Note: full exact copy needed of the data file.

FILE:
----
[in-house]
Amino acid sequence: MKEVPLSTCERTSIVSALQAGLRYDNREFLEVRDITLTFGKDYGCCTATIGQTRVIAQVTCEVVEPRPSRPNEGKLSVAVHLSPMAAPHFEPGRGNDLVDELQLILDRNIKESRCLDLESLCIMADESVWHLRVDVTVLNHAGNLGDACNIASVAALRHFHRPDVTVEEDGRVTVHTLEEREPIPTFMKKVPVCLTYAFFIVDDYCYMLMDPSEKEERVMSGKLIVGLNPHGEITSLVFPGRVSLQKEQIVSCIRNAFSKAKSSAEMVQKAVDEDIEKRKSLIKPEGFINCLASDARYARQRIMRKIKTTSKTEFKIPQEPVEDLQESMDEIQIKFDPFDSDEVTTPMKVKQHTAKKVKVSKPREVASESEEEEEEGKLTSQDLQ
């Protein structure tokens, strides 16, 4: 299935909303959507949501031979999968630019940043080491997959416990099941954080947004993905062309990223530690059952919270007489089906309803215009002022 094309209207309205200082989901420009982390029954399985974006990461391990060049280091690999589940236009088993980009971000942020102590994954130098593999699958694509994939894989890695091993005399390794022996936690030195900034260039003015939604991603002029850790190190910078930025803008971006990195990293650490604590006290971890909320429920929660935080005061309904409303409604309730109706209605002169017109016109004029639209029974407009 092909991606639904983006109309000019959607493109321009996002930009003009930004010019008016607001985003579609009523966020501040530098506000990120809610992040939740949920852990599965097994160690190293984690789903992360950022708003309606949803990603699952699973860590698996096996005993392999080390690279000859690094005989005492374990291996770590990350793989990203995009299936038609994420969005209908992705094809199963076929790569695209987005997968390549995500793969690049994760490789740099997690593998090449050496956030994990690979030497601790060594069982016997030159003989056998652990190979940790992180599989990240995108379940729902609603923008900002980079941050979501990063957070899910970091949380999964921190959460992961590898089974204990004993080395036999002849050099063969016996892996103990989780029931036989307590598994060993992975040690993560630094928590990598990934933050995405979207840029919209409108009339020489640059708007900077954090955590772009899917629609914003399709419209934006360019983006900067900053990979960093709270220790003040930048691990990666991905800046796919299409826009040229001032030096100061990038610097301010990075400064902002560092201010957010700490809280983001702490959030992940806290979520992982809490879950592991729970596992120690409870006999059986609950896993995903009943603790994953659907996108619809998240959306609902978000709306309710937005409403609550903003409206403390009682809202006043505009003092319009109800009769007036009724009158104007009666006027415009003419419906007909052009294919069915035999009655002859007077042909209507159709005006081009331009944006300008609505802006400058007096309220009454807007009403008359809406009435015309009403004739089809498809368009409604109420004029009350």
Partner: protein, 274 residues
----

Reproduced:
[in-house]
Amino acid sequence: MKEVPLSTCERTSIVSALQAGLRYDNREFLEVRDITLTFGKDYGCCTATIGQTRVIAQVTCEVVEPRPSRPNEGKLSVAVHLSPMAAPHFEPGRGNDLVDELQLILDRNIKESRCLDLESLCIMADESVWHLRVDVTVLNHAGNLGDACNIASVAALRHFHRPDVTVEEDGRVTVHTLEEREPIPTFMKKVPVCLTYAFFIVDDYCYMLMDPSEKEERVMSGKLIVGLNPHGEITSLVFPGRVSLQKEQIVSCIRNAFSKAKSSAEMVQKAVDEDIEKRKSLIKPEGFINCLASDARYARQRIMRKIKTTSKTEFKIPQEPVEDLQESMDEIQIKFDPFDSDEVTTPMKVKQHTAKKVKVSKPREVASESEEEEEEGKLTSQDLQ
């Protein structure tokens, strides 16, 4: 299935909303959507949501031979999968630019940043080491997959416990099941954080947004993905062309990223530690059952919270007489089906309803215009002022 094309209207309205200082989901420009982390029954399985974006990461391990060049280091690999589940236009088993980009971000942020102590994954130098593999699958694509994939894989890695091993005399390794022996936690030195900034260039003015939604991603002029850790190190910078930025803008971006990195990293650490604590006290971890909320429920929660935080005061309904409303409604309730109706209605002169017109016109004029639209029974407009 092909991606639904983006109309000019959607493109321009996002930009003009930004010019008016607001985003579609009523966020501040530098506000990120809610992040939740949920852990599965097994160690190293984690789903992360950022708003309606949803990603699952699973860590698996096996005993392999080390690279000859690094005989005492374990291996770590990350793989990203995009299936038609994420969005209908992705094809199963076929790569695209987005997968390549995500793969690049994760490789740099997690593998090449050496956030994990690979030497601790060594069982016997030159003989056998652990190979940790992180599989990240995108379940729902609603923008900002980079941050979501990063957070899910970091949380999964921190959460992961590898089974204990004993080395036999002849050099063969016996892996103990989780029931036989307590598994060993992975040690993560630094928590990598990934933050995405979207840029919209409108009339020489640059708007900077954090955590772009899917629609914003399709419209934006360019983006900067900053990979960093709270220790003040930048691990990666991905800046796919299409826009040229001032030096100061990038610097301010990075400064902002560092201010957010700490809280983001702490959030992940806290979520992982809490879950592991729970596992120690409870006999059986609950896993995903009943603790994953659907996108619809998240959306609902978000709306309710937005409403609550903003409206403390009682809202006043505009003092319009109800009769007036009724009158104007009666006027415009003419419906007909052009294919069915035999009655002859007077042909209507159709005006081009331009944006300008609505802006400058007096309220009454807007009403008359809406009435015309009403004739089809498809368009409604109420004029009350």
Partner: protein, 274 residues